The horrifying truth behind the "horrifying clam" video

In a shocking twist, it's humans who are the real monsters.

You may have already seen the video below being passed around. It purports to show a clam eating salt, and is usually accompanied by a comment on the horrifying appearance of the shellfish. 

Certainly, it does look rather creepy; the long, pale tongue which sweeps the table is offputting, to say the least. But what is really horrifying is that you are actually watching the execution by torture of an animal which may be almost two centuries old. You monsters.

The first hint should be that the natural habitat of a clam is not someone's kitchen table. This clam has been cruelly kidnapped, and placed in the middle of a domestic environment which is as alien to it as the bottom of the ocean is to us. But some basic clam anatomy (clamatomy?) will tell you something else: clams don't have tongues.

Clams – indeed, almost all bivalves – are filter feeders. They brush water over their gills to capture plankton, which they then digest. What you are seeing the clam in the video extend is actually its foot, which is normally used to bury the bottom-dwellers beneath the ocean floor.

Obviously, this clam isn't going to dig itself particularly deep into the hardwood table which it has been placed on. As an inhabitant of the intertidal zone, it is used to being in the dry, and it thinks that what must be sand beneath is the safest place to be until it gets wet again. But when it extends its foot to dig, it hits salt. Have you ever rubbed salt in a wound, or poured salt on a slug? The inside of a clam is not much different; touching the salt is not something it likes to do. So it retracts its foot, and sits, waiting for the tide to come in, and hoping it isn't picked off by a seagull.

But there's one more shocking twist. Based on extensive wikipedia research years of clamology, I believe this to be a clam of the species Arctica islandica, commonly known as the Ocean Quahog, which can be found all along the east cost of the US. According to the National Oceanic and Atmospheric Administration, specimens have been known to live for 225 years.

This clam, dying an ignoble death in the kitchen of eBaum's World user "DataRapist", could have spoken to George Washington himself. Farewell, gentle clam.

A page from a 1908 biology textbook, showing all the other clams you probably want to torture to death.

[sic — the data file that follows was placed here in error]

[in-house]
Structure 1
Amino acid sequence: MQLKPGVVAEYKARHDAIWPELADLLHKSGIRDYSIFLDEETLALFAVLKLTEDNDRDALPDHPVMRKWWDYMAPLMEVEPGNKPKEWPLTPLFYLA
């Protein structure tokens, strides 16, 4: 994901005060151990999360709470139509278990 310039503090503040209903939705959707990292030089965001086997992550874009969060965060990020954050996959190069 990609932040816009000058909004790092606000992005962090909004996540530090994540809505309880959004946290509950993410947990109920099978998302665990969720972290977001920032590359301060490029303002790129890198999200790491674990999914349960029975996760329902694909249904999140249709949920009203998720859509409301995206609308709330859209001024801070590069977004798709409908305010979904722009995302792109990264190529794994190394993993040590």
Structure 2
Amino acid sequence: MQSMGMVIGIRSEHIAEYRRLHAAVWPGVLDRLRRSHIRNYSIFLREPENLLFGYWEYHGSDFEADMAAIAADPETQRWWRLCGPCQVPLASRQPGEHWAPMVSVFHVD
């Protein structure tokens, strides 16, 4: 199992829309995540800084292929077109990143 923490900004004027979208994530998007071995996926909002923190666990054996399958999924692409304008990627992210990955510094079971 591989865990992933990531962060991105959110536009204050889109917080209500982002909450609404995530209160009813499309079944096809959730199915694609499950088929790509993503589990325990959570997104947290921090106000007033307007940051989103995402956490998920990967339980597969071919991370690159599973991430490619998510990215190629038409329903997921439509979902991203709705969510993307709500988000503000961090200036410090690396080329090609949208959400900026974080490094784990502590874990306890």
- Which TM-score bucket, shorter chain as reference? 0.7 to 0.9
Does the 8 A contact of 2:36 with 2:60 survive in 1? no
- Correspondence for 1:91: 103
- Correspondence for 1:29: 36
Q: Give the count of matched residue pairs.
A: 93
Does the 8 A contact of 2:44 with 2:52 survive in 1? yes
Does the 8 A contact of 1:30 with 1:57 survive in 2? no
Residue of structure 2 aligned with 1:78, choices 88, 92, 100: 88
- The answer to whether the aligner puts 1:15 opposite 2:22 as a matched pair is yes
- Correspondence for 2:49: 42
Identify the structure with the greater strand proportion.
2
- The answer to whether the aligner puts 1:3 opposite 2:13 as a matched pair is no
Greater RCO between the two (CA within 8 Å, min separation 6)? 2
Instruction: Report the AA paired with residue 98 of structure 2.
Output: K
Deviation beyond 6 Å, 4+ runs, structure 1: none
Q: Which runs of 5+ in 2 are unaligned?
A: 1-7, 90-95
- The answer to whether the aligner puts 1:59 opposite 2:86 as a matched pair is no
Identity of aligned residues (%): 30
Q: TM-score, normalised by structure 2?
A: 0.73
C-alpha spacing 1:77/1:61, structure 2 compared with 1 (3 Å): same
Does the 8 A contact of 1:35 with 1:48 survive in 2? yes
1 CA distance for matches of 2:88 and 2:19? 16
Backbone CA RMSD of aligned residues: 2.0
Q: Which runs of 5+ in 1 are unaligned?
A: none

Alex Hern is a technology reporter for the Guardian. He was formerly staff writer at the New Statesman. You should follow Alex on Twitter.

BBC/Chris Christodoulou
Show Hide image

Proms 2016: Violinist Ray Chen was the star of a varied show

The orchestra soaked up his energy in Bruch's first violin concerto to end on a triumphal note. 

Music matters, but so does its execution. This was the lesson of a BBC Symphony Orchestra and BBC Symphony Chorus programme which combined both a premiere of a composition and a young violinist’s first performance at the Proms. 

The concert, conducted by Sir Andrew Davis, opened with Tchaikovsky’s symphonic fantasy The Tempest, a lesser-known sibling to his Romeo and Juliet overture. The orchestra got off to a fidgety start, with some delayed entries, but fell into line in time for the frenetic chromatic runs that drive the piece. The end, a muted pizzicato, was suitably dramatic. 

Another nature-inspired piece followed – Anthony Payne’s composition for chorus and orchestra, Of Land, Sea and Sky. Payne drew on his memory of watching of white horses appearing to run across water, as well as other visual illusions. At the world premiere, the piece began promisingly. The chorus rolled back and forth slowly over scurrying strings with an eerie singing of “horses”. But the piece seemed to sink in the middle, and not even the curiosity of spoken word verse was enough to get the sinister mood back. 

No doubt much of the audience were drawn to this programme by the promise of Bruch violin concerto no. 1, but it was Ray Chen’s playing that proved to be most magnetic. The young Taiwanese-Australian soloist steered clear of melodrama in favour of a clean and animated sound. More subtle was his attention to the orchestra. The performance moved from furious cadenza to swelling sound, as if all players shared the same chain of thought. Between movements, someone coughed. I hated them. 

Ray Chen in performance. Photo: BBC/Chris Christodoulou

Chen’s playing had many audience members on their feet, and only an encore appeased them. It was his first time at the Proms, but he'll be back. 

The orchestra seemed to retain some of his energy for Vaughan Williams’ Toward the Unknown Region. Composed between 1904 and 1906, this is a setting of lines by the US poet Walt Whitman on death, and the idea of rebirth.

The orchestra and chorus blended beautifully in the delicate, dark opening. By the end, this had transformed into a triumphal arc of sound, in keeping with the joyful optimism of Whitman’s final verse: “We float/In Time and Space.” 

This movement from hesitancy to confident march seemed in many ways to capture the spirit of the concert. The programme had something for everyone. But it was Chen’s commanding performance that defined it.